Yesterday, April 16th, 2020, was the garbage collection day for my street. My recycle bin mainly consisted of aluminium soda cans, plastic bottles (orange juice and hand sanitizer), glass bottles, as well as plastic and cardboard takeout containers. I had a greater than usual amount of cardboard boxes, as I have been ordering almost everything online lately (dog food, small household items, and even some groceries).

Accumulation of delivery boxes in my garage. (These were accumulated over a year, although the pile is getting bigger during this COVID-19 outbreak)

For the general garbage, I noticed an increase in the amount of paper towels and Clorox wipes, as well as packaging for perishable items like Styrofoam trays and cool packs, because I have been cooking items like meat and fish at home more frequently. Also, I noticed an increase in non-perishable item packaging such as plastic wrappers and containers. Since I am ordering takeout food less often and cooking at home more, I have been definitely using more parchment paper and other cooking-related items.

After taking a sneak peak at the neighbors’ bins (it was out on the street for collection), I was able see lots of aluminum beer cans/soda cans, cardboard boxes, recreational herb containers, and also the containers for various cleaning/disinfecting products. One notable pattern among my neighbors was pizza boxes, recreational herb containers/wrappers and beer cases. These findings reflect the current situation, as bars and restaurants are closed and people are forced to stay inside as much as possible. One interesting thing that I noticed is that, despite the mayhem caused by the toilet paper and isopropyl alcohol hoarding of some people, I didn’t see many empty toilet paper rolls or empty rubbing alcohol containers (although I did see lots of Clorox wipe containers) in my neighbors’ bins. This is partly because it takes time to use up toilet paper, and COVID-19 does not cause an increase in the frequency of defecation.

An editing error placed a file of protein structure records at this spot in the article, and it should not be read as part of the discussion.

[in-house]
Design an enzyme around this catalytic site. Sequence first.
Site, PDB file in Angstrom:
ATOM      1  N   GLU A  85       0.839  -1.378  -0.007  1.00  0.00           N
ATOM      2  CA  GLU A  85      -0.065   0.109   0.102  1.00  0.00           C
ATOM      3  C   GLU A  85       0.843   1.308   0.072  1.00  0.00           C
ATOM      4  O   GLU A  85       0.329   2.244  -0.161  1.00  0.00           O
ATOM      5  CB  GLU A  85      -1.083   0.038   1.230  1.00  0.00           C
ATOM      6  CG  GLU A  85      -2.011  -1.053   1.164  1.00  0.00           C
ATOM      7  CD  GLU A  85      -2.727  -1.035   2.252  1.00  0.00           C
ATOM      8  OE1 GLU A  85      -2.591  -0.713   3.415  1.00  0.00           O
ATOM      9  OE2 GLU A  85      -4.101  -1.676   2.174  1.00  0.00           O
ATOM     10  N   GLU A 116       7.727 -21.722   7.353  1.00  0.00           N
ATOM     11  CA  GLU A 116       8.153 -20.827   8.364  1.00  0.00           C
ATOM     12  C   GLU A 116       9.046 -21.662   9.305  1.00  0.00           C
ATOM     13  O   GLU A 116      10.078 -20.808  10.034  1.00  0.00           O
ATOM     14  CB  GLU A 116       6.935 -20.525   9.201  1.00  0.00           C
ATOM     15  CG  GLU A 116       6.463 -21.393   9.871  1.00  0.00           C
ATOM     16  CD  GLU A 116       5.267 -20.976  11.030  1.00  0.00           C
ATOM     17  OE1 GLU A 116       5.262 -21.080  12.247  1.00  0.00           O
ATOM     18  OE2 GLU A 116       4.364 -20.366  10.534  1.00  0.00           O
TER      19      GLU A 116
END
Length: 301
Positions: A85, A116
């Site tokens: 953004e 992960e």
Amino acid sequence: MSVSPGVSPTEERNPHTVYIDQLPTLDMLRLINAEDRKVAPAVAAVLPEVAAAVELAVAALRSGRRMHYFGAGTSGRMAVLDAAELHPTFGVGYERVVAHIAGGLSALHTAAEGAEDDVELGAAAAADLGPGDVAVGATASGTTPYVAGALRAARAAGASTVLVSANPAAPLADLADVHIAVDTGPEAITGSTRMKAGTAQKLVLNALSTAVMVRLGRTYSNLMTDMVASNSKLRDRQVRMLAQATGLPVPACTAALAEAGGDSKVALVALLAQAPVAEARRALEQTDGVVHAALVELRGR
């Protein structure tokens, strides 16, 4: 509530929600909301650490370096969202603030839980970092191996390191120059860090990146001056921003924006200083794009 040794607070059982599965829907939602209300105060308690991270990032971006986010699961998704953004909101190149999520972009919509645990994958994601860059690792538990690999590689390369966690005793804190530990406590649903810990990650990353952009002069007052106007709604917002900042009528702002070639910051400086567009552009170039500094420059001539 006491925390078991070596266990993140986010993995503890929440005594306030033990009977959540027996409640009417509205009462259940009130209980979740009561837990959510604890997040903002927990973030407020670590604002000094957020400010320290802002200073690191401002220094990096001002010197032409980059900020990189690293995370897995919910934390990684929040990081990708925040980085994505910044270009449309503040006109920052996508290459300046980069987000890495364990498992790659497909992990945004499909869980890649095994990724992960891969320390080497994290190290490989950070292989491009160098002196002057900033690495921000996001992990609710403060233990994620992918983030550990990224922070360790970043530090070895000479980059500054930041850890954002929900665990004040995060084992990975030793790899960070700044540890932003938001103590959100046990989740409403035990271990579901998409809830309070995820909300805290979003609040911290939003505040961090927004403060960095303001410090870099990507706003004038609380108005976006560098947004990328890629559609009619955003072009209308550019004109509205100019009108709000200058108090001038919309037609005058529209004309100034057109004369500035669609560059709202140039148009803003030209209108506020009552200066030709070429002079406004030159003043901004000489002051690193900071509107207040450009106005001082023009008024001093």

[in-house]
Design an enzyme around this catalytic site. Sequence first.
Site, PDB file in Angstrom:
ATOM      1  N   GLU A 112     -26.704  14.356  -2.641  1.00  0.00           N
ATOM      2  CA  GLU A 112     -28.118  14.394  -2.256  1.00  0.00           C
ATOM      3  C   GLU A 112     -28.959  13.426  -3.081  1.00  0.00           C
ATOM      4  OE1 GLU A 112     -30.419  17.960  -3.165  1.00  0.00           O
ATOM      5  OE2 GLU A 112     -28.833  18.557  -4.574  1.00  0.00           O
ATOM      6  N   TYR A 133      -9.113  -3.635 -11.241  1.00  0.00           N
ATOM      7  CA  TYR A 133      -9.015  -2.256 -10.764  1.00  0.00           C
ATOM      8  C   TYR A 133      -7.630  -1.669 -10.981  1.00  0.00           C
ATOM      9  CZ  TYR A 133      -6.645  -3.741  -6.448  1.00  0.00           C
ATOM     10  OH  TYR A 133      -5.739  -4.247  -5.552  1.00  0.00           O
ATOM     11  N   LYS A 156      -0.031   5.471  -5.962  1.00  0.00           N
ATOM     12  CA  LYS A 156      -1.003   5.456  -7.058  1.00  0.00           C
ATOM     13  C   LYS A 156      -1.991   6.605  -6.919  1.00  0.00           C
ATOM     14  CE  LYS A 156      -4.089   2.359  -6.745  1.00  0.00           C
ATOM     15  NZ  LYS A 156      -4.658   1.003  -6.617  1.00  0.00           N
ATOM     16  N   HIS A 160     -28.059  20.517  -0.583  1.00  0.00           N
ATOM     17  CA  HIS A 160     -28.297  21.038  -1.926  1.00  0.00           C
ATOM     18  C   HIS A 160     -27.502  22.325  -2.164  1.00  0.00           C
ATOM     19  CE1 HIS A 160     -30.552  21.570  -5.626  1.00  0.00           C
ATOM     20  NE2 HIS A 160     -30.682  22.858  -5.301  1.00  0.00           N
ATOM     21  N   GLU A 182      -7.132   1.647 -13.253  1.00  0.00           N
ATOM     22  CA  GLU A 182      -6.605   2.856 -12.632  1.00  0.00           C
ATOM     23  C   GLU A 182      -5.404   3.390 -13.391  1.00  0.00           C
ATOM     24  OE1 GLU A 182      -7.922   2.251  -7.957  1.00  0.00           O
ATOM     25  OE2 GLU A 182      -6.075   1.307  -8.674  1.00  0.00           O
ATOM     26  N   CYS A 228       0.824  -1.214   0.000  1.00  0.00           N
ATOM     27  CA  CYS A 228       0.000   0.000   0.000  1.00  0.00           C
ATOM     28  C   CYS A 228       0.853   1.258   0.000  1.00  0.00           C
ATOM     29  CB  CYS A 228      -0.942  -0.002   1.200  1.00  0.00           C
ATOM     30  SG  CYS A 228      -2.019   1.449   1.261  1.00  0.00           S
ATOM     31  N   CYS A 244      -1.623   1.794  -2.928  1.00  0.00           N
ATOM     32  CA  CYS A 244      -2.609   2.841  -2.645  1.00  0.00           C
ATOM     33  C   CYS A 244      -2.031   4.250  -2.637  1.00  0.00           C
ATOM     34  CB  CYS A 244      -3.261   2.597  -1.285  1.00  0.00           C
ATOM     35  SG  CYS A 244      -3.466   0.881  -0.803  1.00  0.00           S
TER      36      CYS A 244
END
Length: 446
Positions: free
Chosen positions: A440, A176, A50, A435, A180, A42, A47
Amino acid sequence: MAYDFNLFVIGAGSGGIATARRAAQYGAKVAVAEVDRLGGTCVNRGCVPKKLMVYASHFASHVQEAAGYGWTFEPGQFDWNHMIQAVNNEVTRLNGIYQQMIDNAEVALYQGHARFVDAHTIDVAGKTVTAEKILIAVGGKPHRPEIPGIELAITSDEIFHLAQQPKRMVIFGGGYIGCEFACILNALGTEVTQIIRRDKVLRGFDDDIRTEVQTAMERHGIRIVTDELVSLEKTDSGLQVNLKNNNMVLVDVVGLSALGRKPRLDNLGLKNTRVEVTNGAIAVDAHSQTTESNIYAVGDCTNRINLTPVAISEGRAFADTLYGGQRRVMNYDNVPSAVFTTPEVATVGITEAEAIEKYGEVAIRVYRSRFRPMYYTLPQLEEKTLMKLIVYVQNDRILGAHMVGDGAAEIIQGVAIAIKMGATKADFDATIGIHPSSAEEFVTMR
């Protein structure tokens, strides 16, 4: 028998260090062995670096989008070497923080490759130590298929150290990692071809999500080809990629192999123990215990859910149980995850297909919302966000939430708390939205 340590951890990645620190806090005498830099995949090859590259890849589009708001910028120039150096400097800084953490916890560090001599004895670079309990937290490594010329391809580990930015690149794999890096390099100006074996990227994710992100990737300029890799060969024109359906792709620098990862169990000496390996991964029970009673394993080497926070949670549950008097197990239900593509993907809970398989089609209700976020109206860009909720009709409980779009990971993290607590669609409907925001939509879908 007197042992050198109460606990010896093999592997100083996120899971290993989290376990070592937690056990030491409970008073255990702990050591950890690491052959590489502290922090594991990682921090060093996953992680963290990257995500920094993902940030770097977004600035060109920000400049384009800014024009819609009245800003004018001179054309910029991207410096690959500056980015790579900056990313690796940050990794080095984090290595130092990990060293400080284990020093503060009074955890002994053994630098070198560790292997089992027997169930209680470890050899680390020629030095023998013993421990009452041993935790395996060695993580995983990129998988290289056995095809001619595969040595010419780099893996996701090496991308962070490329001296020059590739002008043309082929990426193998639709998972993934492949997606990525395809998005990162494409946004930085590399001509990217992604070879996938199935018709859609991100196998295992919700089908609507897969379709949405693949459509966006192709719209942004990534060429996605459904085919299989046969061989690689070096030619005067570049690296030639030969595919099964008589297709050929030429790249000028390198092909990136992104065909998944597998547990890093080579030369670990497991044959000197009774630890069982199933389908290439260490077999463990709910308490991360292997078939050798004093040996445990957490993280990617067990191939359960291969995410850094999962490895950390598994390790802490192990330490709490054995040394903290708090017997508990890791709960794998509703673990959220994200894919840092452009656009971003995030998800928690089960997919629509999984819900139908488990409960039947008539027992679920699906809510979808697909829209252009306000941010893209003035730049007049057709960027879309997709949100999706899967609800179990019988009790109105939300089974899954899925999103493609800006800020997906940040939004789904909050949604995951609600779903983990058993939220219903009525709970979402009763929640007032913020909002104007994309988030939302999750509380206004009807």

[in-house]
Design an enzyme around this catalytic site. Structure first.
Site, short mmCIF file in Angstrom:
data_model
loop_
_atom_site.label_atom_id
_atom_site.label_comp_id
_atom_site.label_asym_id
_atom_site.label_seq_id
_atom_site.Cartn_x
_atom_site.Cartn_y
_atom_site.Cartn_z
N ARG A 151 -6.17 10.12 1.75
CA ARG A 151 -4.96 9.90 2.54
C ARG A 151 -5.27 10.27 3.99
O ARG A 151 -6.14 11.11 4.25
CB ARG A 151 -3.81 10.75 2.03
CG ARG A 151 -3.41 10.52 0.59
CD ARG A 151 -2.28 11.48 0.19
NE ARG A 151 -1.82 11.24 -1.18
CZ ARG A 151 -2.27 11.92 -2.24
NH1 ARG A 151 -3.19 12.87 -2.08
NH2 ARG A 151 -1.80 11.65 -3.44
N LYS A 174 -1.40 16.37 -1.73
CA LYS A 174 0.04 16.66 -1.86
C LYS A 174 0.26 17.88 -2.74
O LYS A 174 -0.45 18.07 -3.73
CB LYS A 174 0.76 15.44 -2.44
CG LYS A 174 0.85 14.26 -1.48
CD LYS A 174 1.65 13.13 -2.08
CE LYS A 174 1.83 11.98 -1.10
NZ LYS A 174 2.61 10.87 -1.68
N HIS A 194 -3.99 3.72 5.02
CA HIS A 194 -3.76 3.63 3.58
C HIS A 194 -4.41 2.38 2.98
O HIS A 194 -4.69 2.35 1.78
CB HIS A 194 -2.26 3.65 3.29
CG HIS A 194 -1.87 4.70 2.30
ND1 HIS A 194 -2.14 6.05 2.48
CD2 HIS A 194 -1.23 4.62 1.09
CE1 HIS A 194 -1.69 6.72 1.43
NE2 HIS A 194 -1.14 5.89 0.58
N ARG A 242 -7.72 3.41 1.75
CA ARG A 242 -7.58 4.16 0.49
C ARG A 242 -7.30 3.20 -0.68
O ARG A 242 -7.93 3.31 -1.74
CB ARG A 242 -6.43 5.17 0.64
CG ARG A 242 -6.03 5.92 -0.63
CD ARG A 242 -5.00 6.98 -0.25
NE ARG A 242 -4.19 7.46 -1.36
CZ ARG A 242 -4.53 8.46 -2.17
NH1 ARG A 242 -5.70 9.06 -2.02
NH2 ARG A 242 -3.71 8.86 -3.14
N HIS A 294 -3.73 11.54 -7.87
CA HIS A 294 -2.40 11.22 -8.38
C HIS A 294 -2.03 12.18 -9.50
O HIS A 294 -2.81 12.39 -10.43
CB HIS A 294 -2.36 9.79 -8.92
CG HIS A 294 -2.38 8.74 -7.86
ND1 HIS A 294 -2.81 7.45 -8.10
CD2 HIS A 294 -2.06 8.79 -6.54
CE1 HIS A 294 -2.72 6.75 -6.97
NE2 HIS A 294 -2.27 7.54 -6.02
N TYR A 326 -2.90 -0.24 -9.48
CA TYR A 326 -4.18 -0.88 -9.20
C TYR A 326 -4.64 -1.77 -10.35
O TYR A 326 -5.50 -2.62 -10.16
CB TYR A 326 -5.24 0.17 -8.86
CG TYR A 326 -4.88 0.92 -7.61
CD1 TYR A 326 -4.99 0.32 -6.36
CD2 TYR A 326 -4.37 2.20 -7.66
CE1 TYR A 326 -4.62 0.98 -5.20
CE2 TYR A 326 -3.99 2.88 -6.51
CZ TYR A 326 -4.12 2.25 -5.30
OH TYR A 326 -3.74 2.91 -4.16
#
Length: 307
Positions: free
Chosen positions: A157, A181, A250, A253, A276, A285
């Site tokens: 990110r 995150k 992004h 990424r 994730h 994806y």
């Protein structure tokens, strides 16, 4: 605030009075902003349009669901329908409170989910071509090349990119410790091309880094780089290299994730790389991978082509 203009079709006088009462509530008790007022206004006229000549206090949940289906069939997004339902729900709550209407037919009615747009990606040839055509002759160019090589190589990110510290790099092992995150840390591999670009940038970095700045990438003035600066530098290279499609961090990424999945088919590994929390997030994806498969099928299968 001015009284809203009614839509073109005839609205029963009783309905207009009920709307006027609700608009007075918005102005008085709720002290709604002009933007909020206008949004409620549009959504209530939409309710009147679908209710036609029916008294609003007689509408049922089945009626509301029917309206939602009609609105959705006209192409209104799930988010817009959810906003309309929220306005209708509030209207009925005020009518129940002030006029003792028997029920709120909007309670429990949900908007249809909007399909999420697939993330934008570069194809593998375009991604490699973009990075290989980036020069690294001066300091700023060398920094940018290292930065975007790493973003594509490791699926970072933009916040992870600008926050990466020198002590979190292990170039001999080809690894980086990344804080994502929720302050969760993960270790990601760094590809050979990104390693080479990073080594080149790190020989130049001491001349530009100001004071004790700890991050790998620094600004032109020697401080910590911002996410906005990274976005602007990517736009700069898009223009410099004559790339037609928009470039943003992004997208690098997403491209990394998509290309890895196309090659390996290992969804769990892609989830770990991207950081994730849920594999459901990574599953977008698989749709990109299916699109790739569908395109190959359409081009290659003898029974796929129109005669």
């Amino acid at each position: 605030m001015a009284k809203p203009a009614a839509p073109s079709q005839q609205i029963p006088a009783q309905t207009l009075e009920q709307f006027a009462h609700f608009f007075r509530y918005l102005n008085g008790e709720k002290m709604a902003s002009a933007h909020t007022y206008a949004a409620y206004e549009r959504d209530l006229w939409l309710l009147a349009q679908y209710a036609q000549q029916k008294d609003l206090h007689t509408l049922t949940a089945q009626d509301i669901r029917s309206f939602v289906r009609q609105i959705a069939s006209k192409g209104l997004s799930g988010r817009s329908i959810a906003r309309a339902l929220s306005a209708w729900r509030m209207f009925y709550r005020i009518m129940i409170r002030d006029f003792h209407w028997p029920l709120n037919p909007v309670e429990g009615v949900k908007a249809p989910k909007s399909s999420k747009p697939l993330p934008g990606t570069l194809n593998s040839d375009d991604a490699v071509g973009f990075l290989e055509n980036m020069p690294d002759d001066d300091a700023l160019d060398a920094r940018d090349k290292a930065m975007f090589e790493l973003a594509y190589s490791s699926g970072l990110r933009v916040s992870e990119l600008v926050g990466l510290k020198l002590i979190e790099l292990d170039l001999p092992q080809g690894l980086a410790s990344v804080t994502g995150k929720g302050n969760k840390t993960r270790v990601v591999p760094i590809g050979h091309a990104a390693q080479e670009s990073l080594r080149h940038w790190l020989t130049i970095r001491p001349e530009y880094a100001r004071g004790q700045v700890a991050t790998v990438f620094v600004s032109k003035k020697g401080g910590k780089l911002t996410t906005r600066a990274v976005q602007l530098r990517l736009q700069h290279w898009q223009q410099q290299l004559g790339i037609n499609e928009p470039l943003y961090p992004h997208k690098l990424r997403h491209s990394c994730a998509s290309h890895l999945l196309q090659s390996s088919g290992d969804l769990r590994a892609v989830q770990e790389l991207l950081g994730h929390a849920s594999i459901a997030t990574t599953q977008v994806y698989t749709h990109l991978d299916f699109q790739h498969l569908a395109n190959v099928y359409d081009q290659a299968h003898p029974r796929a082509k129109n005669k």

This dad’s reaction pretty much sums up how I feel about panic buyers

Future Archaeologists might interpret our current discarding pattern as odd because it does not entirely reflect what people are buying at the store. People are still discarding items like beer and pizza cases, which were common well before the outbreak. But I think it is safe to say that people are consuming the same things as they were before but the frequency or amount of items being consumed is what changed during the outbreak, as people are forced to be at home.

Bibliography

Corson, Naomi. “Dad’s Math Rant on Toilet Paper Hoarding”, YouTube, Published by How to be a dad, 19 MAR 2020, https://www.youtube.com/watch?v=ch7gUrebnjA

Unknown, “총선: 코로나 사태 가운데 치러진 선거…잠정투표율 28년 만에 66.2% 넘어”, BBC Korea, 15 APR 2020, https://www.bbc.com/korean/news-52290203#orb-banner

About me: Jin

Hello world,

My name is Jin Ho, I am an undergraduate student at the University of Washington majoring in Anthropology. I am a native Korean speaker and English is my second language. I can speak conversational Japanese and can read a little bit of Chinese as well. I was born in South Korea but moved to Sydney, Australia when I was 13. A fun fact about me is that I went to a Jewish high school in Sydney.

I usually go by Jin or Jeff. Interesting thing about my name is that the Chinese character for “Jin” means treasure in Korean. However, I recently found out that the character “Jin” also can mean boba pearls.

I have an Australian Shepherd mix boy named Ragnar. He just turned 1 couple weeks ago.